Toronto

New completion date for independent review into Toronto police's handling of cases for missing persons

The completion date for the independent review into Toronto police's handling of cases for missing persons has been given an extension of seven months, to April 2020.

Reviewer, Gloria Epstein, said she needs time to hear 'widest range of views'

Gloria Epstein is the retiring judge heading up an independent review into the police's handling of missing persons cases. She spoke at the Toronto Police Service board meeting Thursday asking for an extension for the final report, saying she needs the time to make sure she hears 'the widest range of views.' (Turgut Yeter/CBC)

The completion date for the independent review into Toronto police's handling of cases for missing persons has been given an extension of seven months, to April 2020.

Gloria Epstein, the retiring judge heading up the review, said she needs the time to make sure she hears "the widest range of views."

The final report was originally expected to be delivered in September 2019, but Epstein explained that the extra time needed "reflects the large task that awaits me."

The Ontario Appeal Court judge was appointed in June following a motion by Mayor John Tory to go ahead with the review, saying there were "troubling questions" in light of the killings for which landscaper Bruce McArthur has been charged.

While the review won't look at the investigation into McArthur, who has been charged with eight counts of first-degree murder, it will examine how missing persons cases connected to the investigation were handled.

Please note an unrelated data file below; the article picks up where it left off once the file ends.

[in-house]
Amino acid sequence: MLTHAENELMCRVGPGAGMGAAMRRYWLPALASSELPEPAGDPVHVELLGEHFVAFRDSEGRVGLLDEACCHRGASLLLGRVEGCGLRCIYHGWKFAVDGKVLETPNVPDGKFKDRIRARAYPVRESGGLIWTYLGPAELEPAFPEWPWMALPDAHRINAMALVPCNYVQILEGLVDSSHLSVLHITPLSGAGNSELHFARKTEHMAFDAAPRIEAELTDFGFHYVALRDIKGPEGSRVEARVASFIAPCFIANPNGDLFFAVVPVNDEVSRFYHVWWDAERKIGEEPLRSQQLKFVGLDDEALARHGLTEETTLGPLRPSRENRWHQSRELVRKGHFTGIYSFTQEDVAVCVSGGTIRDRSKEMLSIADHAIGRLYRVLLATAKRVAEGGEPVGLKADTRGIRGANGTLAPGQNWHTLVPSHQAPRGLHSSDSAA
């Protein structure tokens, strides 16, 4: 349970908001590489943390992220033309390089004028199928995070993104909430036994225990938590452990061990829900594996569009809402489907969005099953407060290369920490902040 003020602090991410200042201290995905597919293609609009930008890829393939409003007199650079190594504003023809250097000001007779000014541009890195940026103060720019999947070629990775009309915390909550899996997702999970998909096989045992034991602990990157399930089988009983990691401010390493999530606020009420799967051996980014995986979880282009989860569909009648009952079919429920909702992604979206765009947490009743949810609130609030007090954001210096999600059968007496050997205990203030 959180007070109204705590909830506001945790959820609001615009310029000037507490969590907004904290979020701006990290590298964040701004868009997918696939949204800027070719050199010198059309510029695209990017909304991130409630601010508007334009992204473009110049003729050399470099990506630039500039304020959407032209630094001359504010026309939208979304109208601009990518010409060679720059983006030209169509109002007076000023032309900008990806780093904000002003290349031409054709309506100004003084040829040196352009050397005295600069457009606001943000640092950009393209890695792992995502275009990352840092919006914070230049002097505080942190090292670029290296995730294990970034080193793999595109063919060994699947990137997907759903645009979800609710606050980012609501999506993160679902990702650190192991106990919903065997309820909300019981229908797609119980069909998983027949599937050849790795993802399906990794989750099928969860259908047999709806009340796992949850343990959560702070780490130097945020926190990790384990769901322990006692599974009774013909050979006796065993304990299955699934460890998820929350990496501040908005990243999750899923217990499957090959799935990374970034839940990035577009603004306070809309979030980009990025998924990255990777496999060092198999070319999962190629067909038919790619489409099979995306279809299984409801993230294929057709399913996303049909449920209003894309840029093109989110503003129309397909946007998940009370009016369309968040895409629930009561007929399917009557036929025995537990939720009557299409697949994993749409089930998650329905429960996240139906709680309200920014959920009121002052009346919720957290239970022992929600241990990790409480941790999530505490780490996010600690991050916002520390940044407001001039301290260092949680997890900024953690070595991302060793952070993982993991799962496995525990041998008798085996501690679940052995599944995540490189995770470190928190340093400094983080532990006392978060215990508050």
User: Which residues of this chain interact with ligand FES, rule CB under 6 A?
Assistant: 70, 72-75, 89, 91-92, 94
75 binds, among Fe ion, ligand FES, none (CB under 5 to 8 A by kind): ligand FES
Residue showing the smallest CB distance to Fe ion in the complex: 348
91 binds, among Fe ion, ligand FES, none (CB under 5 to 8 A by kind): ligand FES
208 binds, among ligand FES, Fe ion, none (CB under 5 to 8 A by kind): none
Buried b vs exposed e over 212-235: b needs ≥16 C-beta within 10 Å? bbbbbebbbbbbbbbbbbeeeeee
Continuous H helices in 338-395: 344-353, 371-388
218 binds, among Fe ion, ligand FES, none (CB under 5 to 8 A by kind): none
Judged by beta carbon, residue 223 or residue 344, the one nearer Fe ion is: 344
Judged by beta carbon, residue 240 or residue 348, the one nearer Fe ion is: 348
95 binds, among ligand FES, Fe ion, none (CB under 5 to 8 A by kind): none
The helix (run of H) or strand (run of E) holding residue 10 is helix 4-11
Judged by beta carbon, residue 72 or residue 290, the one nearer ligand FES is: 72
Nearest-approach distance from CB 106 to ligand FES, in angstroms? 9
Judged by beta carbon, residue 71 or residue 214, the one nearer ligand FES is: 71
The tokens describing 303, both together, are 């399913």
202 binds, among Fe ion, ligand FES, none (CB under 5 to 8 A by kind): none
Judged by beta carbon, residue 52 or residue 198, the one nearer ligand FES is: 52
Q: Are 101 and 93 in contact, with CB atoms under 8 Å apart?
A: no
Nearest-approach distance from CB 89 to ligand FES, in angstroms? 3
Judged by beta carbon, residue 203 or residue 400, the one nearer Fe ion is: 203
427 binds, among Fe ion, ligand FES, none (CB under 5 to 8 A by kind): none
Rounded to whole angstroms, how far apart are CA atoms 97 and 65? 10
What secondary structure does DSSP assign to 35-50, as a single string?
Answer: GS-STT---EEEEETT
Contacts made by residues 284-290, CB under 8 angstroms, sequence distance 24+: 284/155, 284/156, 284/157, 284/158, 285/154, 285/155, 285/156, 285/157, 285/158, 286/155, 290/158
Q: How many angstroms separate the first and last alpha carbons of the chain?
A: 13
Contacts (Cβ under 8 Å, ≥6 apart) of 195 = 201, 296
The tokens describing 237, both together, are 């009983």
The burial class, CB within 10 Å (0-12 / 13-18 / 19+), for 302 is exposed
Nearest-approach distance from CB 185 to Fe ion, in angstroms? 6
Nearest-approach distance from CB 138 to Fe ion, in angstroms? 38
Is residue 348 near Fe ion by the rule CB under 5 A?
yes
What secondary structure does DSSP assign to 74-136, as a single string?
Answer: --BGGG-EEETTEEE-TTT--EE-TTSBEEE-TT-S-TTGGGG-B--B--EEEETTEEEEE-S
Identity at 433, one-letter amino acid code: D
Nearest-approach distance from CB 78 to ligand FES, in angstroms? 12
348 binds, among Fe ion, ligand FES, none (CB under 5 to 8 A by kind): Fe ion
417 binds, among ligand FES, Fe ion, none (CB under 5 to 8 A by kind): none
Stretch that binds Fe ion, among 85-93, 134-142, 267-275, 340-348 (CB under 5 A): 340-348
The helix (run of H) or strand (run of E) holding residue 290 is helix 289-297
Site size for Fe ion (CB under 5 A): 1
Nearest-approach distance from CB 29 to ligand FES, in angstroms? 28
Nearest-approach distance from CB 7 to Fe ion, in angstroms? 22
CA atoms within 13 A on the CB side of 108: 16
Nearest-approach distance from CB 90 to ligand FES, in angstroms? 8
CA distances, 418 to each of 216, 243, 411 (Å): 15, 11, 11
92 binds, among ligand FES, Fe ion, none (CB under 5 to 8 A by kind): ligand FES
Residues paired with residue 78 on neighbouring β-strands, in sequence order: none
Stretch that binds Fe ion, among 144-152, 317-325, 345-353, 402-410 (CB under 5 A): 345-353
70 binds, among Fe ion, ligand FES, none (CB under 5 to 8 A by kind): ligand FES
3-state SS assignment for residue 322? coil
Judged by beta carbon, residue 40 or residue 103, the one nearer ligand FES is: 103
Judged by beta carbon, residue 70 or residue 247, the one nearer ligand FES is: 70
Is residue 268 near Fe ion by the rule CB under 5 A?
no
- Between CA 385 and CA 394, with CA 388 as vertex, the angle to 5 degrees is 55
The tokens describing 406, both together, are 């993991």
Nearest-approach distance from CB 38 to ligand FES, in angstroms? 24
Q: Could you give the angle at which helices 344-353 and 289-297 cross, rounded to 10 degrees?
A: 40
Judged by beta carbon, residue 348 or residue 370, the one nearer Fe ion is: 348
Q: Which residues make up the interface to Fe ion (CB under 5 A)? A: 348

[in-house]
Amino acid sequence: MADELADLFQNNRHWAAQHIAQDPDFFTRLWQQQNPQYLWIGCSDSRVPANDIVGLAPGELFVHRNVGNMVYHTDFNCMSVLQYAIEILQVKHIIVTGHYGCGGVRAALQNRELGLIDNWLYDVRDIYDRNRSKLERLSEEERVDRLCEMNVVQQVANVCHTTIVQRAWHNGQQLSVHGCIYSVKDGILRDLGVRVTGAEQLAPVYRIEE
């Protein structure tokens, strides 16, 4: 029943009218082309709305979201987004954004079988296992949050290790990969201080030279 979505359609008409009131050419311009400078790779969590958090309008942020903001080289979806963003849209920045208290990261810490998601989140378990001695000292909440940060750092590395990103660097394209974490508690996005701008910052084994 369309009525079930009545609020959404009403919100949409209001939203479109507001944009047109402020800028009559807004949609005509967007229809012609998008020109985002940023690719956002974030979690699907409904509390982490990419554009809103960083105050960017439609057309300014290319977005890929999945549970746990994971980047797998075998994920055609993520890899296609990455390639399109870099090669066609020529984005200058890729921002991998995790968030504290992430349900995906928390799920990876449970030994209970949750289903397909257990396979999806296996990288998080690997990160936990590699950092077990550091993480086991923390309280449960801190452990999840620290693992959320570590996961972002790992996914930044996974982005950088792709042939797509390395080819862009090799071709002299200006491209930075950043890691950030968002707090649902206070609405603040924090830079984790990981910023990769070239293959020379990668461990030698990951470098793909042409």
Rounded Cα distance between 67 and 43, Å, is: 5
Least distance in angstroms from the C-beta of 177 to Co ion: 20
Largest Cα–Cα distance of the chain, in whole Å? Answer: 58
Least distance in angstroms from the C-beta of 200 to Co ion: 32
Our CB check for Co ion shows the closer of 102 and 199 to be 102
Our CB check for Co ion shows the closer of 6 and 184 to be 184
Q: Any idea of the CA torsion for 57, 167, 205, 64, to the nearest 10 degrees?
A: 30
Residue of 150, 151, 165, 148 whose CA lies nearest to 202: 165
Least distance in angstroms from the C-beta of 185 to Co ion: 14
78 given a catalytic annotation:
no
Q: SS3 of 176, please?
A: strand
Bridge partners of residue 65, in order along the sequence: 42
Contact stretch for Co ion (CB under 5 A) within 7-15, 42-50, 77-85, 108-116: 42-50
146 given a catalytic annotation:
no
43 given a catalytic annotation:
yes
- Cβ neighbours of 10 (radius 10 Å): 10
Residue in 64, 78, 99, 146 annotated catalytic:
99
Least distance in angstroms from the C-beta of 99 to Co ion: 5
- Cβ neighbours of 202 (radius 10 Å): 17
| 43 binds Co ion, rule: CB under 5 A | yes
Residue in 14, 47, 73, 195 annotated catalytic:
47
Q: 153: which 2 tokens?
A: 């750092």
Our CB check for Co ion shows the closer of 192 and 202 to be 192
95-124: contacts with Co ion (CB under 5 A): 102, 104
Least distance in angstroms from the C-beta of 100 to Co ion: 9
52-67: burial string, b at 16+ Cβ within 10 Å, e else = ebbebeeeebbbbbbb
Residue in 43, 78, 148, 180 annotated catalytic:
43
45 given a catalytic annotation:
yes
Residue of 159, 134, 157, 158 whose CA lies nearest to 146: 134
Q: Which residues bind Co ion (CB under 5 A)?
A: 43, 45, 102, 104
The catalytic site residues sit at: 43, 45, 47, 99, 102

Police have come under fire from the LGBTQ community for failing to take the disappearances of some of the men missing from Toronto's gay village seriously for years — until January, when they arrested and charged the 66-year-old McArthur.

Judge to 'hit the ground running' in September

At the Toronto Police Service board meeting on Thursday, Epstein explained that she would "engage an advisor, as well as an advisory group, to ensure that diverse voices in the community are heard and contribute to my final report."

"We've already started the process of collecting relevant documents for examination, and we intend to hit the ground running when I officially commence my duties at the beginning of September," she said.

Epstein said she has chosen to retire from the court to head up the review, and "to devote my time and energy to this critical work."

She also outlined a plan for the launch of a website to ensure the public can access information on the progress of the review.

With files from The Canadian Press

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